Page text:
The New Life of Paris’s Mythical Molitor

  • The central pool at the Molitor.

    The central pool at the Molitor.

  • One of the building's original stained-glass windows.

    One of the building's original stained-glass windows.

  • The bar at the Yannick Aleno-run Le Restaurant.

    The bar at the Yannick Aleno-run Le Restaurant.

  • A poolside swimwear presentation, circa 1938.

    A poolside swimwear presentation, circa 1938.

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After sitting derelict and graffitied for 25 years, Paris’s legendary Molitor swimming complex is back in business, this time as part of an MGallery-branded hotel. Though the ocean liner–inspired structure has been largely rebuilt, it retains much of the Art Deco allure that graced it when it first opened in 1929, including the original stained-glass windows. In its heyday, this was the city’s most fashionable bathing spot, attracting the bon chic, bon genre to its pools (one indoor, one outdoor) and sand-strewn lido decks. Olympic swimming champion and future Tarzan actor Johnny Weissmuller famously spent a summer at the Molitor giving swimming lessons, and in 1946, the first modern bikini was unveiled here at a poolside photo shoot. The party finally ended in 1989 when the decaying building was closed and left to the devices of ravers and graffiti artists, but that chapter too is now closed thanks to a multimillion-dollar resuscitation headed by French hotel group Accor. Today, the pools have been returned to a semblance of their former splendor, topped by a new annex that houses a Clarins spa and most of the Molitor by MGallery’s (8 Ave. de la Porte Molitor; doubles from US$366) 124 mod-Deco rooms. The bad news? Non-hotel guests will really have to splash to use the pools—day passes cost more than US$200. –Gabrielle Lipton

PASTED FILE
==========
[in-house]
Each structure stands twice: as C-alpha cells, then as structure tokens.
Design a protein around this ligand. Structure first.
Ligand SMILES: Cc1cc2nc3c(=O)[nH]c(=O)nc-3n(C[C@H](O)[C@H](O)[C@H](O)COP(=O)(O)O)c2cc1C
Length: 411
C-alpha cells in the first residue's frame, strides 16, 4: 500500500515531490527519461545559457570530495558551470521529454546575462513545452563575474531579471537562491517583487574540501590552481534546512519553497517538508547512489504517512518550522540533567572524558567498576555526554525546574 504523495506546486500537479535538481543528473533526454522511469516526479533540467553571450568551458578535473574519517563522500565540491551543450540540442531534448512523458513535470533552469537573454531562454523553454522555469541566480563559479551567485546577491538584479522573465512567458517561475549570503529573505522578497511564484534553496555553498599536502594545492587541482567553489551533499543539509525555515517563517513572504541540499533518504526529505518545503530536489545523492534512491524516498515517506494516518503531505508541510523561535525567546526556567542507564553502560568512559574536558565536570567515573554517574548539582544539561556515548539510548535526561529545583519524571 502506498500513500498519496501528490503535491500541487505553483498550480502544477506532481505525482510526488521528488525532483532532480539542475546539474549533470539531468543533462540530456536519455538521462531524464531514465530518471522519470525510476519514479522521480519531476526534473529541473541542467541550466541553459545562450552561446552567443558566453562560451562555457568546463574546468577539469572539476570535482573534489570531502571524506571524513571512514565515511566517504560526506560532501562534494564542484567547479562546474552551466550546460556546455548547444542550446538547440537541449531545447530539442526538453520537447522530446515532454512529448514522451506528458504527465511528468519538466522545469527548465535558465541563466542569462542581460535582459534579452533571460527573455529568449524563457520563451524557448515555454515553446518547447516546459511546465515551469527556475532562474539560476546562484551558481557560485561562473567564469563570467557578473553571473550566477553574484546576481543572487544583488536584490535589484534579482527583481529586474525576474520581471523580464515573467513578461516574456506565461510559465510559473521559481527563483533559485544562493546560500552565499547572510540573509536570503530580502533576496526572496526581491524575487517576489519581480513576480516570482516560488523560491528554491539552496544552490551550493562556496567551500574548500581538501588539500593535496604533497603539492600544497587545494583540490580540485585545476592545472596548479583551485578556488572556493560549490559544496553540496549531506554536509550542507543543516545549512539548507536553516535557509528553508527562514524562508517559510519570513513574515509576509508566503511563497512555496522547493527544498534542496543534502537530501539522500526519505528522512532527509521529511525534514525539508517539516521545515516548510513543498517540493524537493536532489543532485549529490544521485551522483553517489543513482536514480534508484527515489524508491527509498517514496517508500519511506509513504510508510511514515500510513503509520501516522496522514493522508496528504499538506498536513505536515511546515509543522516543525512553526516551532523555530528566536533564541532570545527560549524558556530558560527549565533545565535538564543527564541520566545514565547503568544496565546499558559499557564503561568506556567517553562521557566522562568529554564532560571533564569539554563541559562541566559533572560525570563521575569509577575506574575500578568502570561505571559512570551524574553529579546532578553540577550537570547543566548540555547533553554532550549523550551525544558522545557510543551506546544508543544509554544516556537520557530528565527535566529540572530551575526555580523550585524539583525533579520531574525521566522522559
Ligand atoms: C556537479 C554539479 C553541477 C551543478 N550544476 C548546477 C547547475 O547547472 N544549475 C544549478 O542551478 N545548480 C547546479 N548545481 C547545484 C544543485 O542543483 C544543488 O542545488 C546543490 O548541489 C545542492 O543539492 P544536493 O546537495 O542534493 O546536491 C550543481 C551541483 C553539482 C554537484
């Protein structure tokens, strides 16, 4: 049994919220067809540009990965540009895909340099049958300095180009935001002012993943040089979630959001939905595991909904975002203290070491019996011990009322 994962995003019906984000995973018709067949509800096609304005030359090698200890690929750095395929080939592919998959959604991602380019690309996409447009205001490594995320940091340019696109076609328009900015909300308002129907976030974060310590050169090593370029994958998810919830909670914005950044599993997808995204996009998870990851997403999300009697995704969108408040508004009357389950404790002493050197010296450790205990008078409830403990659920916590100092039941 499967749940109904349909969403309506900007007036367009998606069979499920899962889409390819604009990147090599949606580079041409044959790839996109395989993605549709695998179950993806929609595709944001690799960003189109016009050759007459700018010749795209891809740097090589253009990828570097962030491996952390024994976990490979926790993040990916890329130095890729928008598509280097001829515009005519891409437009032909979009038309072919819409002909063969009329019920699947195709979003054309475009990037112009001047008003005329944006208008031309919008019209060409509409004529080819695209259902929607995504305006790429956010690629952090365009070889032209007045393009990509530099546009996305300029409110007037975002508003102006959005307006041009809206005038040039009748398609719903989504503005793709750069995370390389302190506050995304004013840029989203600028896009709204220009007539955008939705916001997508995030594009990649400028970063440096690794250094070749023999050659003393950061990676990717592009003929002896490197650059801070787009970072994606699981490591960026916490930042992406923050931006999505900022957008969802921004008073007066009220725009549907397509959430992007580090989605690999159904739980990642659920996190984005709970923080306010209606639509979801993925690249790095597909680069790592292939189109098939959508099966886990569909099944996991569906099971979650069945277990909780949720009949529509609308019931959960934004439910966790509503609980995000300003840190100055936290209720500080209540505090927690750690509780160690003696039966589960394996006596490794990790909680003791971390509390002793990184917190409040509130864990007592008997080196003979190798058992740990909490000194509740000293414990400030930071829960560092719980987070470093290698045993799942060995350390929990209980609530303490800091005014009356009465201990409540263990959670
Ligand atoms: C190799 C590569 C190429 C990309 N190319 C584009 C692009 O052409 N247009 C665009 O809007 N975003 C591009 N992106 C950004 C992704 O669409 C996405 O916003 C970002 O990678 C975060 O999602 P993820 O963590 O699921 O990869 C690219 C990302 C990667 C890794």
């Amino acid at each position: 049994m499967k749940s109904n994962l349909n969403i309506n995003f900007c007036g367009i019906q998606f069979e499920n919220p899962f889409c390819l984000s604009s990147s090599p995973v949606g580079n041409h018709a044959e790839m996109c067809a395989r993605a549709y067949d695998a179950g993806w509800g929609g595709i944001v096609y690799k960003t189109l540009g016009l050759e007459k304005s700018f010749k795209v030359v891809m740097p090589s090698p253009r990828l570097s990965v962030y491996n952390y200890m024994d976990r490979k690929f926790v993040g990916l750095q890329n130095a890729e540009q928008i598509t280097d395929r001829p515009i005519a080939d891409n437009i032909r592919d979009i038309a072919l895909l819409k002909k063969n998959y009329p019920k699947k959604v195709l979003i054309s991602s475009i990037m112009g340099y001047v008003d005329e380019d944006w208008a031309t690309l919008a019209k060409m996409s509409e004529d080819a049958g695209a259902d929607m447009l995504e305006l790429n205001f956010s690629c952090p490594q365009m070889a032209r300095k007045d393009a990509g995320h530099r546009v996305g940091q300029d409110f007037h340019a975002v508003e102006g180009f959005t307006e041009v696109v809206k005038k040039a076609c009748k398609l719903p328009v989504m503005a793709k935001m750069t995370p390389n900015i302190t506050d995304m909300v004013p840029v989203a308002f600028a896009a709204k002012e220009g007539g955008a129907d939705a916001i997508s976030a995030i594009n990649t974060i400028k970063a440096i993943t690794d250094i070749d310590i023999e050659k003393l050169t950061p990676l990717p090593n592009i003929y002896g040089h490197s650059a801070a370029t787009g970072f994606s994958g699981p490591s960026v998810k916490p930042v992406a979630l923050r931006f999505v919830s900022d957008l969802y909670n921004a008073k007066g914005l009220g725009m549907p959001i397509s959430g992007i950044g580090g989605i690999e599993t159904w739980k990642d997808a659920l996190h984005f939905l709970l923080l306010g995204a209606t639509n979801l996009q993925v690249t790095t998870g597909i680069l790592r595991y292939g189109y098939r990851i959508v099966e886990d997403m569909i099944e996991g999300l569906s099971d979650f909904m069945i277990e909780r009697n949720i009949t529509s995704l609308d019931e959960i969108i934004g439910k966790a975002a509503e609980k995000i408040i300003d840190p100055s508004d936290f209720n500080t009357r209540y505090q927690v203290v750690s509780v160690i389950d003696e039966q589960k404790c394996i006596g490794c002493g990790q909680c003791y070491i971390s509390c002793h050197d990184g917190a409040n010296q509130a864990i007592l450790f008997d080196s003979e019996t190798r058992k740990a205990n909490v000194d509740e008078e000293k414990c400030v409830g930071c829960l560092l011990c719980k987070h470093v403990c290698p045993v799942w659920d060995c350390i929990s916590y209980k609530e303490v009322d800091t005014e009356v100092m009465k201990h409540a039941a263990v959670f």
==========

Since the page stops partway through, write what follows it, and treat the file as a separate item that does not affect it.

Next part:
This article originally appeared in the August/September 2014 print issue of DestinAsian magazine (“In the Swim”)

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